Khomeini's Islamic Revolution in 1979 inspired Naipaul to undertake an "Islamic Journey" and visit Iran, Pakistan, Malaysia and Indonesia, The result was an important book, Among the Believers (1981) on an important subject. He found the issues involved important enough and he revisited those parts and has now come out with another very thoughtful work, Beyond Belief.* The two books go together.
The second journey confirmed the observations and conclusions of the first. Though Khomeini's Islamic revolution failed, Islamic fundamentalism of which it was a projection continues to be an important ideology and to exercise a great political influence.
Though the two books involved some rough travel, they are not travel books; they are serious studies of an important ideology and area. They combine history, social criticism raised by larger reflections which place the author, already a celebrated literary figure in the English world, among major social thinkers of the age. In the new narratives, the author has created a new literary form which gives more scope for his reflective talents.
Thinking aloud, the author observes that the overthrow of the old religions--religions linked to the earth and animals and the deities of a particular place or tribe--by the revealed religions is one of the haunting themes of history. In the two narratives, he occupies himself with this subject though he does not discuss it as such and directly, and limits himself to its Islamic expression in some important Muslim countries. He says that one main feature of these religions is that they take out sacredness from the land and environment of the converts. He remembers his own place of birth in Trinidad which knew no sacred places. Probably the aboriginal people knew them but they had been destroyed and instead of them there were in the plantation colony, "people like us whose sacred places were in other continents," to put it in the language of Naipaul. Enlarging on the observation, he adds that perhaps it is the absence of the sense of sacredness that is the curse of the New World. And perhaps it is this sense of sacredness that we of the New World travel to the Old to rediscover.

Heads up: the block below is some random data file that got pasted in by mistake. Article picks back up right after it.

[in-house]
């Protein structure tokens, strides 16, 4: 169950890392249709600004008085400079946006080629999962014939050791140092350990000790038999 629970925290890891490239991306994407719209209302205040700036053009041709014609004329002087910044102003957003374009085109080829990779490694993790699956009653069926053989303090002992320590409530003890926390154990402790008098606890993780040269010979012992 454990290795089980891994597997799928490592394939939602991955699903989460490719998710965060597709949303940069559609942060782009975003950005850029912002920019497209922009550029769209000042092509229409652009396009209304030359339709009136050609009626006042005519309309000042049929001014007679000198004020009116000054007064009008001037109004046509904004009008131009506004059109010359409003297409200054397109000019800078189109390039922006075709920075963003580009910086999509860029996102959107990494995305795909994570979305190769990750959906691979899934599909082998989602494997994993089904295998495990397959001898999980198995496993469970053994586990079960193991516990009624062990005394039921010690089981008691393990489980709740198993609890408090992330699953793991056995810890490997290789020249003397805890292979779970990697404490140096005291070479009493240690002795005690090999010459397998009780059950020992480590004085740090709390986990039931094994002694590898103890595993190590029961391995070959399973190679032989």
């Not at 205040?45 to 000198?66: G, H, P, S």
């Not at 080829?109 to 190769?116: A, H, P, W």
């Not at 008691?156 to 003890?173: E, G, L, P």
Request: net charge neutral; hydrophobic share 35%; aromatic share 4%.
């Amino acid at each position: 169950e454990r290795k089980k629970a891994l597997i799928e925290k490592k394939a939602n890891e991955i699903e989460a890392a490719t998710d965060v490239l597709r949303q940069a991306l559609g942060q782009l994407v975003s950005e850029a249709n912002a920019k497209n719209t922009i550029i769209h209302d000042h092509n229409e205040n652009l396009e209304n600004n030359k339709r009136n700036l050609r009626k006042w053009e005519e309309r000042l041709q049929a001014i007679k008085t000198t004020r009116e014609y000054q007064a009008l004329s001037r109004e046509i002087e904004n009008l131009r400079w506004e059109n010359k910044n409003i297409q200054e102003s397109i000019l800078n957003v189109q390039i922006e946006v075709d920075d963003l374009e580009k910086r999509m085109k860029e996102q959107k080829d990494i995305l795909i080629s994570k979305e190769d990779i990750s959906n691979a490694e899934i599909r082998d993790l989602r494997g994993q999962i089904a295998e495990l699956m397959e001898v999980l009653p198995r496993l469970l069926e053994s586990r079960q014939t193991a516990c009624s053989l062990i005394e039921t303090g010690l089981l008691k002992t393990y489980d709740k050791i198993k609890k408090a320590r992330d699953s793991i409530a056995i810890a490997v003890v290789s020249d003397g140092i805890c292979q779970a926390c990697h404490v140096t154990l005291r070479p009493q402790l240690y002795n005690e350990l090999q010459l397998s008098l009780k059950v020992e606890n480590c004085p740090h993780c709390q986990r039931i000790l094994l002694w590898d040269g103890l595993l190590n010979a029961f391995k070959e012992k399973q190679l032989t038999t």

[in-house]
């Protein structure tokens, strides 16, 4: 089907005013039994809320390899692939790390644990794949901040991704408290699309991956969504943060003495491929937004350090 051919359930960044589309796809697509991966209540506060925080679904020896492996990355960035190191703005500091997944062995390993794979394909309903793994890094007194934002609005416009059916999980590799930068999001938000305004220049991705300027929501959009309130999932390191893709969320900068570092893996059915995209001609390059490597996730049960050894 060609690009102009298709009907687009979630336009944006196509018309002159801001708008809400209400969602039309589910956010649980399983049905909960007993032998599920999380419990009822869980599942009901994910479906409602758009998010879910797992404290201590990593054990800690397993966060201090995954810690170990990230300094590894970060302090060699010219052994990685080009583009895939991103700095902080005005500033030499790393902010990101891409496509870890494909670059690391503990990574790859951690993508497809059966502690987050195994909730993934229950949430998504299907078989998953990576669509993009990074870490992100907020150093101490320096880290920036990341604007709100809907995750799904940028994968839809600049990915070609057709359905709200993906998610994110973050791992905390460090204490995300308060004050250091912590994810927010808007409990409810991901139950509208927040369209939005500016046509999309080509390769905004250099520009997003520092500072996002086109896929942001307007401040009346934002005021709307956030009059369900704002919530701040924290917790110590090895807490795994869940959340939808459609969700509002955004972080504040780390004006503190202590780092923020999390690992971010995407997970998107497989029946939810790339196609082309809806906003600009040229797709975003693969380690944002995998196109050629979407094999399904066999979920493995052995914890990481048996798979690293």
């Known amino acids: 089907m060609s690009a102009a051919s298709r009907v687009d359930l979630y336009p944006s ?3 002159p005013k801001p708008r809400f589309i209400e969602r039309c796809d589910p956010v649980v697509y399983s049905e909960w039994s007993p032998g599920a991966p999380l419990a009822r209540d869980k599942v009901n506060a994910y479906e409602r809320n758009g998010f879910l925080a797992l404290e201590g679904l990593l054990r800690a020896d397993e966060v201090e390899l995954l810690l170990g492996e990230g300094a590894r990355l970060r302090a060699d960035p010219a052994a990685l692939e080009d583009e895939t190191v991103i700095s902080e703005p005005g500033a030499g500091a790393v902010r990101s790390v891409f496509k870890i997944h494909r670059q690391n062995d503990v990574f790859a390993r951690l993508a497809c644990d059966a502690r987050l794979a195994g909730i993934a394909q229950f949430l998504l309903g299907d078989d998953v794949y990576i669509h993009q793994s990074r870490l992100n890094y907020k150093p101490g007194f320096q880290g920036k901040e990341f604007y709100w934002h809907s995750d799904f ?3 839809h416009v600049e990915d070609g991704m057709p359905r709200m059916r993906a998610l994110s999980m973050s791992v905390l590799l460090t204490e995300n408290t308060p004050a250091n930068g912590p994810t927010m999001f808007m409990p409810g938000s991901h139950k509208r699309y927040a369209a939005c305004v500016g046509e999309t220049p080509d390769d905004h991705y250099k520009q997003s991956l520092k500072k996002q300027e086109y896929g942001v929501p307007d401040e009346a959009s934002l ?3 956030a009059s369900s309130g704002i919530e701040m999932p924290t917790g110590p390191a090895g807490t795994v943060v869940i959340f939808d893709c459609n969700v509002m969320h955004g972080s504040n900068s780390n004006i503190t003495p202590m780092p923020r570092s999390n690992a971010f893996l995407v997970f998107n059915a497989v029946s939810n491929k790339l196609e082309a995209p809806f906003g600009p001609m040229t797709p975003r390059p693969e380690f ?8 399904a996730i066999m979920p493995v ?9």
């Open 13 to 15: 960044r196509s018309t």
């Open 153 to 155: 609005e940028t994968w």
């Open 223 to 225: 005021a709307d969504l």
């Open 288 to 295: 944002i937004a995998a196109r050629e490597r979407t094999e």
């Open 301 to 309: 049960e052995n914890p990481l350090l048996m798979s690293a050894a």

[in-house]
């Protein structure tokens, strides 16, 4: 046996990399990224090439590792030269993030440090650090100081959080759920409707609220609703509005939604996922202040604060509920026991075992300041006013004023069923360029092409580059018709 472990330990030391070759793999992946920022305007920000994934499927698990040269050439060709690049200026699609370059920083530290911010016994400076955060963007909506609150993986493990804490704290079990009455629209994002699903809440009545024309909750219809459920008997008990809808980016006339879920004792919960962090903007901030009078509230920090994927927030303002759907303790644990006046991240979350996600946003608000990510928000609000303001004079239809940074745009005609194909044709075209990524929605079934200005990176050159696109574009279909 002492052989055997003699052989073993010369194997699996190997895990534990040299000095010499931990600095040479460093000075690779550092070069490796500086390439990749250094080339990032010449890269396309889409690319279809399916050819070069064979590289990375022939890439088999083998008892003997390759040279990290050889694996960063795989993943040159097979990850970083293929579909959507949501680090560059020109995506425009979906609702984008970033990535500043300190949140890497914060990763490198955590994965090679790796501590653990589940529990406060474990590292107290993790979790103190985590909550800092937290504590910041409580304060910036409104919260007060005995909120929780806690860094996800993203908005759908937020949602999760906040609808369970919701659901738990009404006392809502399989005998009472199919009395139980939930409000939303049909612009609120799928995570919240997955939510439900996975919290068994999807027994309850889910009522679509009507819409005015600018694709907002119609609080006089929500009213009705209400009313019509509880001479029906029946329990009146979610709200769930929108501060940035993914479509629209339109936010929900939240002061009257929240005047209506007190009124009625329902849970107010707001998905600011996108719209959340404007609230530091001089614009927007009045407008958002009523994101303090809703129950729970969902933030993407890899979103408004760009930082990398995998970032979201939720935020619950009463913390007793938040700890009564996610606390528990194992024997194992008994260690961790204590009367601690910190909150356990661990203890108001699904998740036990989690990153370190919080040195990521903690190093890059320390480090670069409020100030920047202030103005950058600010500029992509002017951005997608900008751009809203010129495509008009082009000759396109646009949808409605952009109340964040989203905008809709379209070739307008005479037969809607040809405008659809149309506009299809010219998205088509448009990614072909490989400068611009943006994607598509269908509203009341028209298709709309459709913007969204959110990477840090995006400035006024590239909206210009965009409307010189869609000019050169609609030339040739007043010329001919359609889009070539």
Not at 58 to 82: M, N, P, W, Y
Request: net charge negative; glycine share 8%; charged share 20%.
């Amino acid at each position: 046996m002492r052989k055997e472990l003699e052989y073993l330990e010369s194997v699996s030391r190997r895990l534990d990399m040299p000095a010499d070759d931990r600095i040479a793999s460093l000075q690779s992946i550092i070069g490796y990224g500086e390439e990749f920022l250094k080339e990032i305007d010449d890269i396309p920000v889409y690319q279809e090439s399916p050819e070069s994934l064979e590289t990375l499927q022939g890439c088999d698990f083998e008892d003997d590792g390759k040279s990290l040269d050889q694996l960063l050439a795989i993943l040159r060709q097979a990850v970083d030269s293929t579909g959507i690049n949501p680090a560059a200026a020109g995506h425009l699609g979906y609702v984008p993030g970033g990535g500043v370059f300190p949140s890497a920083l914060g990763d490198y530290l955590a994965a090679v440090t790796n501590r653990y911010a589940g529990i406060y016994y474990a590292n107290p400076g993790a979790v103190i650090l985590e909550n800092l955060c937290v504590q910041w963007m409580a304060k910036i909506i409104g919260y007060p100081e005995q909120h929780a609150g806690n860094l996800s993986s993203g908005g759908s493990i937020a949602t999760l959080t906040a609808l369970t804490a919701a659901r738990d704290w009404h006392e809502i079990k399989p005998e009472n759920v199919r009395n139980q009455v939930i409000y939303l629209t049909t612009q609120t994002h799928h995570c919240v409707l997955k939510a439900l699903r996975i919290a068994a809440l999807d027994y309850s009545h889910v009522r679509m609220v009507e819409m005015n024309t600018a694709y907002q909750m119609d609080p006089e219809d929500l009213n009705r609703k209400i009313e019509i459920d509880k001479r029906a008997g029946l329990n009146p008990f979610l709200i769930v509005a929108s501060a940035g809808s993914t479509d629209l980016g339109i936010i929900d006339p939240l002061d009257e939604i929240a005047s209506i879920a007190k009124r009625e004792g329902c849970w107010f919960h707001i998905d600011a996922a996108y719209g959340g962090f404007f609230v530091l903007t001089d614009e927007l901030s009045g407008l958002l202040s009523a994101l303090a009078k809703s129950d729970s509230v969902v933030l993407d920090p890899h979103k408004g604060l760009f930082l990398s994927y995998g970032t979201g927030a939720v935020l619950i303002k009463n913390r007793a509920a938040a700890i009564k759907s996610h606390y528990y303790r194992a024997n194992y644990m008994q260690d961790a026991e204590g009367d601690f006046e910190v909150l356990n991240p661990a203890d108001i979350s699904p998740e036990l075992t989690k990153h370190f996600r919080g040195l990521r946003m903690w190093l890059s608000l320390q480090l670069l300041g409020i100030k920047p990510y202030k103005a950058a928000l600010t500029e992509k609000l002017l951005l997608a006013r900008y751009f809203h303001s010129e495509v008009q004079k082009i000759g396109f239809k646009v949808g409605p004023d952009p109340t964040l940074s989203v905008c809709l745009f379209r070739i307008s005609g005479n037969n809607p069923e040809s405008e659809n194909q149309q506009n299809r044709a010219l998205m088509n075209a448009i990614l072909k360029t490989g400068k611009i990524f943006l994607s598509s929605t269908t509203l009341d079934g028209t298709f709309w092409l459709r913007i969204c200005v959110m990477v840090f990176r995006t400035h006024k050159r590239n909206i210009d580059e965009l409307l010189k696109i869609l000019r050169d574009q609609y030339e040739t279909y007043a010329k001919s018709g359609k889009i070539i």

Later on, he met the same phenomenon in Goa where the Portuguese, representatives of another revealed religion, Christianity, had had time to do their work. Haters of idolatry, haters of all that was not of the true faith, levellers of Hindu temples and establishers of the Inquisition and the burning of the heretics, they created there "something of a New-World emptiness, like the Spanish in Mexico." But as one stepped out of Goa, one stepped into the sacred land again. It wasn't political history that made it so. Religious myths touched every part of the land outside colonial Goa. Story within story, fable within fable: that was what people saw and felt in their bones. Those were the myths, about gods and the heroes of the epics, that gave antiquity and wonder to the earth people lived on" (India: A Million Mutinies). In destroying the sense of sacredness, Islamic fundamentalism is true to its type. But it does allow to one peoples, and only one peoples, the original peoples of the Prophet, their sacred places, pilgrimage and earth reverences; and these sacred Arab places have to be the sacred places of all the converted peoples.
Closely connected with this is another phenomenon. The converts have also to strip themselves of their past. Nothing is required of them but the purest faith, Islam, submission. Islam, Naipaul adds, "is the most uncompromising kind of imperialism."